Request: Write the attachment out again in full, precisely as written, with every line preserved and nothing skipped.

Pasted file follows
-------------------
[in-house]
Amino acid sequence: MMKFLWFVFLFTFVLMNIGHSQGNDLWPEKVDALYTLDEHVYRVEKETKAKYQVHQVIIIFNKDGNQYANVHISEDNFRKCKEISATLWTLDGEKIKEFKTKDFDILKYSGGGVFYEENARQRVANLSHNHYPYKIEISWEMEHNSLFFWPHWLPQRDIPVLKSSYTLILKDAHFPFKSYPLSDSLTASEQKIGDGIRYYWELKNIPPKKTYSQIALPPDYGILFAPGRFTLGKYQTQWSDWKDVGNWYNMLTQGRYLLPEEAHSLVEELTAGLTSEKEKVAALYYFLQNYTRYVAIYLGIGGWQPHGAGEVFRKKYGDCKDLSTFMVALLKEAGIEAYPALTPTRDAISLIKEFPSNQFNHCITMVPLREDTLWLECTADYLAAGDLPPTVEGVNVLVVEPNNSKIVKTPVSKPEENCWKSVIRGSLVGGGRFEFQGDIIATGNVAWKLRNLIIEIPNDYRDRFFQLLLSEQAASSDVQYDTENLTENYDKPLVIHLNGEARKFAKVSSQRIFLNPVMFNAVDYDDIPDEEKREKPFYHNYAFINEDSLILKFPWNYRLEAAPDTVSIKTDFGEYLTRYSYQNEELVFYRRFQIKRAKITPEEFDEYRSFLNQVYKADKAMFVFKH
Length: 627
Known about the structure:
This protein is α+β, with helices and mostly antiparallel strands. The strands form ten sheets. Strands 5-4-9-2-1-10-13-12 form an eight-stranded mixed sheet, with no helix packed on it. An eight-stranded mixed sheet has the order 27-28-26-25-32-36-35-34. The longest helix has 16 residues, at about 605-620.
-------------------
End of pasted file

[in-house]
Amino acid sequence: MMKFLWFVFLFTFVLMNIGHSQGNDLWPEKVDALYTLDEHVYRVEKETKAKYQVHQVIIIFNKDGNQYANVHISEDNFRKCKEISATLWTLDGEKIKEFKTKDFDILKYSGGGVFYEENARQRVANLSHNHYPYKIEISWEMEHNSLFFWPHWLPQRDIPVLKSSYTLILKDAHFPFKSYPLSDSLTASEQKIGDGIRYYWELKNIPPKKTYSQIALPPDYGILFAPGRFTLGKYQTQWSDWKDVGNWYNMLTQGRYLLPEEAHSLVEELTAGLTSEKEKVAALYYFLQNYTRYVAIYLGIGGWQPHGAGEVFRKKYGDCKDLSTFMVALLKEAGIEAYPALTPTRDAISLIKEFPSNQFNHCITMVPLREDTLWLECTADYLAAGDLPPTVEGVNVLVVEPNNSKIVKTPVSKPEENCWKSVIRGSLVGGGRFEFQGDIIATGNVAWKLRNLIIEIPNDYRDRFFQLLLSEQAASSDVQYDTENLTENYDKPLVIHLNGEARKFAKVSSQRIFLNPVMFNAVDYDDIPDEEKREKPFYHNYAFINEDSLILKFPWNYRLEAAPDTVSIKTDFGEYLTRYSYQNEELVFYRRFQIKRAKITPEEFDEYRSFLNQVYKADKAMFVFKH
Length: 627
Known about the structure:
This protein is α+β, with helices and mostly antiparallel strands. The strands form ten sheets. Strands 5-4-9-2-1-10-13-12 form an eight-stranded mixed sheet, with no helix packed on it. An eight-stranded mixed sheet has the order 27-28-26-25-32-36-35-34. The longest helix has 16 residues, at about 605-620.